Unabashedly, writer/director Gary Ross opens Seabiscuit
as though it's some edifying PBS documentary. Vintage black-and-white photos of people in hats? Check. Avuncular voiceover (by PBS-fave historian David McCullough), accented with valedictory brass? Check, check. The film's barely out of the starting gate before you're wondering whether Ken Burns should phone his lawyer.
But so it goes with this story of the famed Depression-era racehorse. Based on the nonfiction best-seller by Laura Hillenbrand, it's an artless, innocuous crowd-pleaser with no fewer than four good-hearted, scrappy heroes, one semi-villain and a climactic race suitable for a Hollywood ending.
The first of Ross' heroes is Charles Howard (Jeff Bridges), an optimistic, quintessentially American type who goes West and makes a fortune selling newfangled horseless carriages (cue zoom on antique photo of Ford assembly line). Stung by the stock-market crash, Howard bottoms out with his young son's accidental death and a subsequent divorce. Fate and good will team him with newly hobofied horse-trainer Tom Smith (Chris Cooper), failed prizefighter and down-on-his-luck jockey Red Pollard (Tobey Maguire), and Seabiscuit himself -- a stubborn, undersized animal whose previous owners trained him to lose in order to build the confidence of more promising thoroughbreds.Seabiscuit
is handsomely photographed, with plenty of chances to enjoy watching really fast animals in slow motion. And Ross likably showcases his likable lead actors, from congenially fleshy Bridges and laconic Cooper to soulful Maguire and, in a flashy supporting role, William H. Macy as a radio sportscaster.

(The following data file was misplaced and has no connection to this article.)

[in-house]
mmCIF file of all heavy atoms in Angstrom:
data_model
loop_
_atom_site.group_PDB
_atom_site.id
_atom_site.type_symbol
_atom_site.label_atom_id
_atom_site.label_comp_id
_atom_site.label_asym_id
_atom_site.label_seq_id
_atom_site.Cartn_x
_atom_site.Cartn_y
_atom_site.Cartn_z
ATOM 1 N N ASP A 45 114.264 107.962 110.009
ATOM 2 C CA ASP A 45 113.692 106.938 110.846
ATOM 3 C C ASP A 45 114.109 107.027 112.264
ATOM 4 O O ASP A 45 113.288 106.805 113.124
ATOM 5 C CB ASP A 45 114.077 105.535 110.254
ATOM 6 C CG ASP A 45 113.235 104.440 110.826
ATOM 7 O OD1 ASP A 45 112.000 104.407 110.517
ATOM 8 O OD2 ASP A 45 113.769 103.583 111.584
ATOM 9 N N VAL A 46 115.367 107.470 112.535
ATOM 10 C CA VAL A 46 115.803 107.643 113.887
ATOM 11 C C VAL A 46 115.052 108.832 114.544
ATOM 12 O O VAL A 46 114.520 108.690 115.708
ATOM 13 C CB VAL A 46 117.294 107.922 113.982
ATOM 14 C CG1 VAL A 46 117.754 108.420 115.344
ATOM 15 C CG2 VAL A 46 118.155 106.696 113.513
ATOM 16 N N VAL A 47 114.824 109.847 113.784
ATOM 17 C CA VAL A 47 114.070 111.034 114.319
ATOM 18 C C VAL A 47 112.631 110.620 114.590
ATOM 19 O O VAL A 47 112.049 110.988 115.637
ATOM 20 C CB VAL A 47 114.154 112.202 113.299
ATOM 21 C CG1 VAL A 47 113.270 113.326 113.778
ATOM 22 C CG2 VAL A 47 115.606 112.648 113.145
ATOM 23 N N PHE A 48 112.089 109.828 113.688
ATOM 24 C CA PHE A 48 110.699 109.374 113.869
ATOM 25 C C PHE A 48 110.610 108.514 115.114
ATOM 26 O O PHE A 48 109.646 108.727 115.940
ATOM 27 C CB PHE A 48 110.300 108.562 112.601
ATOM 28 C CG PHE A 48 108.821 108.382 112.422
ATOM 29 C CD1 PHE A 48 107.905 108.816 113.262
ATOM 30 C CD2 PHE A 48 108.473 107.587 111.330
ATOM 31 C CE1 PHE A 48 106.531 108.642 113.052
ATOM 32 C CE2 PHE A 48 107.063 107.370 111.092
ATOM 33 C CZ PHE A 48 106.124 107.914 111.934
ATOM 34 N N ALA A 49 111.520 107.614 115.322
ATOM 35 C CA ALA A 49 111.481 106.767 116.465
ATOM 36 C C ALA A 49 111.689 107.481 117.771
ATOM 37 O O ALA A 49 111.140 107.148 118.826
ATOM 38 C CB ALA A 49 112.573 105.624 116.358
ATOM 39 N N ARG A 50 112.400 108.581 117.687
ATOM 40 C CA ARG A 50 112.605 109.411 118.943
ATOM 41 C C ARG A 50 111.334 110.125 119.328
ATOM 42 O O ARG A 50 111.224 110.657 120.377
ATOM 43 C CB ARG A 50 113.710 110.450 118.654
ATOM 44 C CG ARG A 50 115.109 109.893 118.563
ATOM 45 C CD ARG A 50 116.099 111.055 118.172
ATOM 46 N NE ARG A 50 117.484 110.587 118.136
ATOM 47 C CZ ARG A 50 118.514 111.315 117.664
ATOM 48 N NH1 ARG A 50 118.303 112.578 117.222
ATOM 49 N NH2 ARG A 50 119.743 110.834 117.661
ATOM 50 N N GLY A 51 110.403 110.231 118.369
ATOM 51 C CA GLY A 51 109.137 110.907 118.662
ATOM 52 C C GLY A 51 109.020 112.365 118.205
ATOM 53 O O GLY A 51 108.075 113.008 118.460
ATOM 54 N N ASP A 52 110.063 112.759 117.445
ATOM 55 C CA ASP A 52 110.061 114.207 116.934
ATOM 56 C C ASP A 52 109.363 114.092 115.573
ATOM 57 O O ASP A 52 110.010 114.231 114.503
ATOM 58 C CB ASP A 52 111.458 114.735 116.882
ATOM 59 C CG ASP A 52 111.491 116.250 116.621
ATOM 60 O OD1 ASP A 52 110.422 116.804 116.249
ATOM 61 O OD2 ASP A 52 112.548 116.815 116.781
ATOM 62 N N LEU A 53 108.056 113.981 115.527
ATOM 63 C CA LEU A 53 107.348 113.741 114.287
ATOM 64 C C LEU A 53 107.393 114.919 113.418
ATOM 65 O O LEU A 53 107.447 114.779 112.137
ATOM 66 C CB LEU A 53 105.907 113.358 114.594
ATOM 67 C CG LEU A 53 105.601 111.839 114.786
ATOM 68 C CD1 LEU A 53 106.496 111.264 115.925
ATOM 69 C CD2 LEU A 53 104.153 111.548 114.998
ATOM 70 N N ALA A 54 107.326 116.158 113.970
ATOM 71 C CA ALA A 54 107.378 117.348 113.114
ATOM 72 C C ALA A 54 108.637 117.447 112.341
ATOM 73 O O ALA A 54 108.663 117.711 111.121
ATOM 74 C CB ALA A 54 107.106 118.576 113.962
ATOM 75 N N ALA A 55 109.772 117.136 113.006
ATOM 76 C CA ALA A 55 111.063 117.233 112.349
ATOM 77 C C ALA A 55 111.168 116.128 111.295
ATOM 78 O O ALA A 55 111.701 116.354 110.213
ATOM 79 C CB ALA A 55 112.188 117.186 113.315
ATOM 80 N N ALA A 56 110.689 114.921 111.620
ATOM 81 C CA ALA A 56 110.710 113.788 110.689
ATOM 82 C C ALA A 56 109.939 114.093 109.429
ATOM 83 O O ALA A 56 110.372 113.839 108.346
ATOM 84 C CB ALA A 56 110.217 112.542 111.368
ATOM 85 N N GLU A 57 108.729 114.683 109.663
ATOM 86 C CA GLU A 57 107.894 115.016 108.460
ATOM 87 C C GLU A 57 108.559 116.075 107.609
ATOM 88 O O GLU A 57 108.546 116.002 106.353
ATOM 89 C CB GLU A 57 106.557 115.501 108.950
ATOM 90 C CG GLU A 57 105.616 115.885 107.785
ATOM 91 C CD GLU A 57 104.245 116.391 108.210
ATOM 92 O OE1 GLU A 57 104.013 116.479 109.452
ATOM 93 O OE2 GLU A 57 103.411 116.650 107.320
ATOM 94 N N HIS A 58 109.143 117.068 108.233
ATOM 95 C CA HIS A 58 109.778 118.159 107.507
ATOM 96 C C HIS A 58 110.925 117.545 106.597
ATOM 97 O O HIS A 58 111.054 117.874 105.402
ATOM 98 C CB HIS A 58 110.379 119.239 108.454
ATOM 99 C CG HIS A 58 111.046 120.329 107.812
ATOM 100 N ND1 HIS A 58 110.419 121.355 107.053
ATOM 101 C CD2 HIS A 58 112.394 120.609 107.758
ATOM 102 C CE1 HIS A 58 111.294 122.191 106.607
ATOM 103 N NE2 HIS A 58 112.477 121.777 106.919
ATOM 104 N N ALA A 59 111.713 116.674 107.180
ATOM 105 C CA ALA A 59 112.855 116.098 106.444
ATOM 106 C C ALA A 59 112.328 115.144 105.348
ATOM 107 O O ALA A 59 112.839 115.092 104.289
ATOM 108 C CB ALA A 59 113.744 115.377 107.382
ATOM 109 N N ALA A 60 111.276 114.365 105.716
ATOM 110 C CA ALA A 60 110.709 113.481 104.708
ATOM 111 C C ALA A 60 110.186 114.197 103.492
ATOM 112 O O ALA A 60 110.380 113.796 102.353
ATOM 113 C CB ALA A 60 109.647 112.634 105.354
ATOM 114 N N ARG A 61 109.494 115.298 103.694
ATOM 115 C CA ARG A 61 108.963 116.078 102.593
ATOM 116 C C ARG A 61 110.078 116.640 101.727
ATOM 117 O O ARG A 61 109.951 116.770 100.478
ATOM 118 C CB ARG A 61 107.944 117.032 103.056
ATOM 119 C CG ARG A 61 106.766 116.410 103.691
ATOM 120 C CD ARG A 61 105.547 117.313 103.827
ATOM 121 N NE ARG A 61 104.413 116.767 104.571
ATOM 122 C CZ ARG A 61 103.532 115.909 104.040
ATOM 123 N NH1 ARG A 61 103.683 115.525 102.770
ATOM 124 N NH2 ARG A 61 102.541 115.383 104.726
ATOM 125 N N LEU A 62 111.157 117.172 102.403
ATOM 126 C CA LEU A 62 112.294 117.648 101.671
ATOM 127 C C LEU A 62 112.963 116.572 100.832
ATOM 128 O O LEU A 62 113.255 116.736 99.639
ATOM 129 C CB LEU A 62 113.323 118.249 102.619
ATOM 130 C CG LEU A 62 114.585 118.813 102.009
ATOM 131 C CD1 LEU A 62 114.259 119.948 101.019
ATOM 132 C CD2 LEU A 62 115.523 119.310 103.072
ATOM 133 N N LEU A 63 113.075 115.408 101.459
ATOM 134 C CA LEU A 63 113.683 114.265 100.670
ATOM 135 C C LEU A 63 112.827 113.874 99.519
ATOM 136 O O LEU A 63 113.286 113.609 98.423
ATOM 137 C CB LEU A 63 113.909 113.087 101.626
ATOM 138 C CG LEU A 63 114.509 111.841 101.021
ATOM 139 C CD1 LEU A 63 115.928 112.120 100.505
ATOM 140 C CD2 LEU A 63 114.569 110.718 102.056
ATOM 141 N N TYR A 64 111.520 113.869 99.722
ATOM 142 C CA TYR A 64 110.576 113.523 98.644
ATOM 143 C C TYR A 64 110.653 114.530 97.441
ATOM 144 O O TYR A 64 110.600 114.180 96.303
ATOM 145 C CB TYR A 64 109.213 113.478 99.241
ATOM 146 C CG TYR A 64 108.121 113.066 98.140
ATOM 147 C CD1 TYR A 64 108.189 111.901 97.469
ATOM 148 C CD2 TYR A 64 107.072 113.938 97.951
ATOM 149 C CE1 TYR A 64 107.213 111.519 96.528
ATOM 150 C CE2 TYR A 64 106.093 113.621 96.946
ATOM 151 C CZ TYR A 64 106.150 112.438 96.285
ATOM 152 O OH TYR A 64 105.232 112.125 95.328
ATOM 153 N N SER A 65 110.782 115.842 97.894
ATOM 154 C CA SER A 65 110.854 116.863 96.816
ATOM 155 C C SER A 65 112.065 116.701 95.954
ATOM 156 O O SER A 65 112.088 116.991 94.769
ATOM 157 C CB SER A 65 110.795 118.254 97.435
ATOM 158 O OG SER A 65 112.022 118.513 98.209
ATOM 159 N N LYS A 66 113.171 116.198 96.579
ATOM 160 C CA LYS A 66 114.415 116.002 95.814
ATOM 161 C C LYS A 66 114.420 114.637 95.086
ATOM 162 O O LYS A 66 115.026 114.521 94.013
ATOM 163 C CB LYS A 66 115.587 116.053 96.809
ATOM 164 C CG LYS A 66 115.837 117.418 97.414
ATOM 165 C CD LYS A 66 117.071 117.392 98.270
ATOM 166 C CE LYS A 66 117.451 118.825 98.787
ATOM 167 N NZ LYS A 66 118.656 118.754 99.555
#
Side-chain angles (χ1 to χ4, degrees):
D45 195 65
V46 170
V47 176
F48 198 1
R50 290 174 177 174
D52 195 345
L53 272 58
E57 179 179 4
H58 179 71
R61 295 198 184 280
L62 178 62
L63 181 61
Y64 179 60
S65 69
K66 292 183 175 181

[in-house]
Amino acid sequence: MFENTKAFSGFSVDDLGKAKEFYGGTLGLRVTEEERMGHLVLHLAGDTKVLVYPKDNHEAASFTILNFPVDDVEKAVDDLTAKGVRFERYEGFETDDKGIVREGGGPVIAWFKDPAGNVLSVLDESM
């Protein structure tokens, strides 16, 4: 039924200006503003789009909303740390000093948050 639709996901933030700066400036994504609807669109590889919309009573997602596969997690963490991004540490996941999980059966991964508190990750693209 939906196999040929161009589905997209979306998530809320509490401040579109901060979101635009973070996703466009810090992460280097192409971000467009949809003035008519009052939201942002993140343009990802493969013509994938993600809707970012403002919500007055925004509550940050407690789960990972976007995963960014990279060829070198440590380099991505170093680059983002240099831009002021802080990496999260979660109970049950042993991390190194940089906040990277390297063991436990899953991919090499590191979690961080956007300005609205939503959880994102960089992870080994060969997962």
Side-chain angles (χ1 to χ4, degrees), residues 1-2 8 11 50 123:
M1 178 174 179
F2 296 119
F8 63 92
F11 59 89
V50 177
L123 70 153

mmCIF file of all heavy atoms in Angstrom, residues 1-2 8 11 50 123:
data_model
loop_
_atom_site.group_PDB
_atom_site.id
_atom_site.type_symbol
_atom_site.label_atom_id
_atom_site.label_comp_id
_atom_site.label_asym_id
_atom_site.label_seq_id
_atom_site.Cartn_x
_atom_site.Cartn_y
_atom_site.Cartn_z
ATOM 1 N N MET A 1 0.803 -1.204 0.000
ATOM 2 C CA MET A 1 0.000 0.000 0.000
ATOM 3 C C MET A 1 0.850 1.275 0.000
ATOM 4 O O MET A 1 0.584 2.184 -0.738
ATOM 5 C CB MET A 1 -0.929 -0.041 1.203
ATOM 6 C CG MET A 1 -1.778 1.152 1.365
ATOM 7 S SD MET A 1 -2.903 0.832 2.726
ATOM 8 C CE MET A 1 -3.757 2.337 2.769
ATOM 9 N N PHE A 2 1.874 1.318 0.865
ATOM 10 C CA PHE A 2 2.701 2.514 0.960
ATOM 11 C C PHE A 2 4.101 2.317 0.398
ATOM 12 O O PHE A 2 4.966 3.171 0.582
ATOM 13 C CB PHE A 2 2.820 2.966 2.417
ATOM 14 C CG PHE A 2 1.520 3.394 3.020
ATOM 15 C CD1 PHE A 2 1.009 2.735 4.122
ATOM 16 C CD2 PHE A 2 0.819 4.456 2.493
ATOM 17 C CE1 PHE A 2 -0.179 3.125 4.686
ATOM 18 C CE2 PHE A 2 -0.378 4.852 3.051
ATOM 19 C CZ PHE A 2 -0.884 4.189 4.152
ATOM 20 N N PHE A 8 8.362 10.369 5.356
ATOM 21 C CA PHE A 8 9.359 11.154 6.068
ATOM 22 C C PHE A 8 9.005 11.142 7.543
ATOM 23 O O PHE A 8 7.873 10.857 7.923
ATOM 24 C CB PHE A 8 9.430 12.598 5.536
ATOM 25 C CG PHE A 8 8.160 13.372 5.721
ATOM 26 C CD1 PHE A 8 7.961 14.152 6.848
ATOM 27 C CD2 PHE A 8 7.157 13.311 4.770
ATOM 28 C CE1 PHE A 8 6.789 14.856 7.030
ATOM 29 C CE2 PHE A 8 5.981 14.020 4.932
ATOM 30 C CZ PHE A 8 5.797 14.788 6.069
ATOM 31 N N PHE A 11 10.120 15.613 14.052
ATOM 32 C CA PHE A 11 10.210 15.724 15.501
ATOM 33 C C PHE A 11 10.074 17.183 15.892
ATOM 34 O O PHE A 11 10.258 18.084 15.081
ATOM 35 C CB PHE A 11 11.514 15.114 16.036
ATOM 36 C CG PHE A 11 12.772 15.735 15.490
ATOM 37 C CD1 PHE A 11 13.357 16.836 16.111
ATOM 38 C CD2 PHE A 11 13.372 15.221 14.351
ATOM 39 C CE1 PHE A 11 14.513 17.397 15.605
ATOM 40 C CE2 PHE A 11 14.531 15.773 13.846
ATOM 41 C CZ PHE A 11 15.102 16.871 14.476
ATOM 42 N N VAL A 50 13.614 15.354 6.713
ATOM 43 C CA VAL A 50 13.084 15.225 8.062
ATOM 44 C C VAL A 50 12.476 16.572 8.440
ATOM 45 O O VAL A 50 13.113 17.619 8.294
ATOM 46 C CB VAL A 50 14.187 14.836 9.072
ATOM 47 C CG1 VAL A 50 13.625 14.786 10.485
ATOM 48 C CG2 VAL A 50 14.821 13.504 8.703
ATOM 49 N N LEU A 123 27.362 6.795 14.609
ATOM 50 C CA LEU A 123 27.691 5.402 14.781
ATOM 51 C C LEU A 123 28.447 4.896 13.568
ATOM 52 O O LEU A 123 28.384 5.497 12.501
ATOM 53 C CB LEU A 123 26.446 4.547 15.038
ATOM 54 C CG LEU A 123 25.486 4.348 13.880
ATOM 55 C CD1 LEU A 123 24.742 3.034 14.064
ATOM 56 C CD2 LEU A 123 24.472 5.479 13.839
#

But while Ross wants to teach some history, his take on the Depression is less John Steinbeck than Frank Capra: With a script that could have been stitched on a sampler, Ross (Dave, Pleasantville
) chronicles an underhorse who won't give up even when life beats him down, and whose inspiring example appears to have led the country out of joblessness and despair. This is America, after all, where by dint of sheer pluck one rich guy's horse can outrun a slightly richer guy's horse. And don't miss the epilogue, when Seabiscuit wins World War II.
Flashes of unbridled life occasionally nose forward, as in the nasty way jockeys at the lower professional levels pummel each other for an advantage mid-race. But the temperamental, Shakespeare-quoting Pollard's apparently complex psyche is sketched in only the most superficial strokes, while Howard and Smith don't merit even that much exploration. Mostly, Ross guides us through the tale like a solicitous kindergarten teacher. Just so we don't miss any lessons, even the film's climactic showdown with Triple Crown winner War Admiral (and his pompous, plutocratic owner) is voice-overed.
So is another key moment, Smith's first sight of Seabiscuit. The horse emerges in silhouette from the mist, and the old trainer just knows this is the one. With a reliable actor like Cooper, you'd think that setup would be enough. But not only does Ross have the reassuring voice of McCullough telegraph this moment -- he has him narrate the whole darn scene, as though we couldn't appreciate a man suddenly sensing his destiny.